Do they participate even if they are not aware of it by doing what we think of as the ordinary things of life, such as loving, working, relating, helping out in the community?
Yes, although I am not comfortable projecting religious activity on people who don't see it that way themselves. When I as a believer see people who don't believe living a life of love and self-sacrifice, I call that gospel living. From my perspective, these people are cooperating with God's grace even if they do not understand it that way.
So, developing a spirituality with these two liturgies means getting something going between them, perhaps like a Ping-Pong ball being bounced back and forth?
Connecting them is the jugular issue here. People want to connect church life with daily life. Rahner stresses that mature, educated Christians are not happy with a liturgy that doesn't connect with life. This dissatisfaction has helped to produce the energy for trying to find a new spirituality. No longer happy with a one-hour cubbyhole of the faith on Sunday, we want to find tentacles that reach out to the world and, in a more primary sense, from the world to the church. You need a theology to do that, and seeing the world as a sacred place provides a starting point.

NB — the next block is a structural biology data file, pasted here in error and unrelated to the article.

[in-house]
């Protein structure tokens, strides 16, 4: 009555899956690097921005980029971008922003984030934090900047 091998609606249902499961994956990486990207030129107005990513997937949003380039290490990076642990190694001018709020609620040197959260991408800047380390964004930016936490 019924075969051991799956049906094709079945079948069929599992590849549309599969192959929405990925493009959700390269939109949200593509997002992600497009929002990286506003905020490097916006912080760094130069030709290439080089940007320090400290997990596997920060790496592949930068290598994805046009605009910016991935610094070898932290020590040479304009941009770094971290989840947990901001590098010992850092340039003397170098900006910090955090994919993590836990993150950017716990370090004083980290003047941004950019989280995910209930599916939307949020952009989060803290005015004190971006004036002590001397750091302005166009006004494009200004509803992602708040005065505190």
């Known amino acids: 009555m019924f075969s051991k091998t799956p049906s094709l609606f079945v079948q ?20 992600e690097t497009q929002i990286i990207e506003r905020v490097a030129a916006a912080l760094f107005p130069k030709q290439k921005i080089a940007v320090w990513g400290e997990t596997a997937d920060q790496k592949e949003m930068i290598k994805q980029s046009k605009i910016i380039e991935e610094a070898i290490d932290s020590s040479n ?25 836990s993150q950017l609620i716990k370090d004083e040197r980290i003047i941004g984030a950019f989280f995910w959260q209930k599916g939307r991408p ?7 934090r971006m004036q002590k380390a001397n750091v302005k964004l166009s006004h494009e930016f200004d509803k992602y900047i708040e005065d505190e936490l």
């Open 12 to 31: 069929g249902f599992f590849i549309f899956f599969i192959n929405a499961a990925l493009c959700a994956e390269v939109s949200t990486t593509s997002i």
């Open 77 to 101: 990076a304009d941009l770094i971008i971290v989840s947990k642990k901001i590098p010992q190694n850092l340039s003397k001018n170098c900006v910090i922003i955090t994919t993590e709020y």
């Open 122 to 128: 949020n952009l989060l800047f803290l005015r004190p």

In his book Christ and Culture, H. Richard Niebuhr sets up five models for the relationship between Christ and culture. At one end, Christ and culture go together and are basically the same thing; at the other, they oppose each other. The reversal in spirituality based on Rahner's thinking challenges one end of Niebuhr's spectrum -- that the world is an evil place and the church is over against it.
Rahner says evil and sinfulness are everywhere, in business, in church, in human beings, in culture. But he also says that all of this is graced at its root because God created it, redeemed it and sent the Spirit to live in it.
If we see the world as sacred as well as marred by sin, that makes the world the arena for God's presence. So where do we, as sacred people created in God's image, look for God? We look for God all day, every day in our lives. But we have to believe the world is a holy place in spite of its evil.
What are the steps in developing a spirituality beginning with the world rather than the church?
We have been talking about them. First, the world is a sacred place. Second, you are a sacred person. Third, God is present in the world. These are beliefs. Next comes putting them into practice.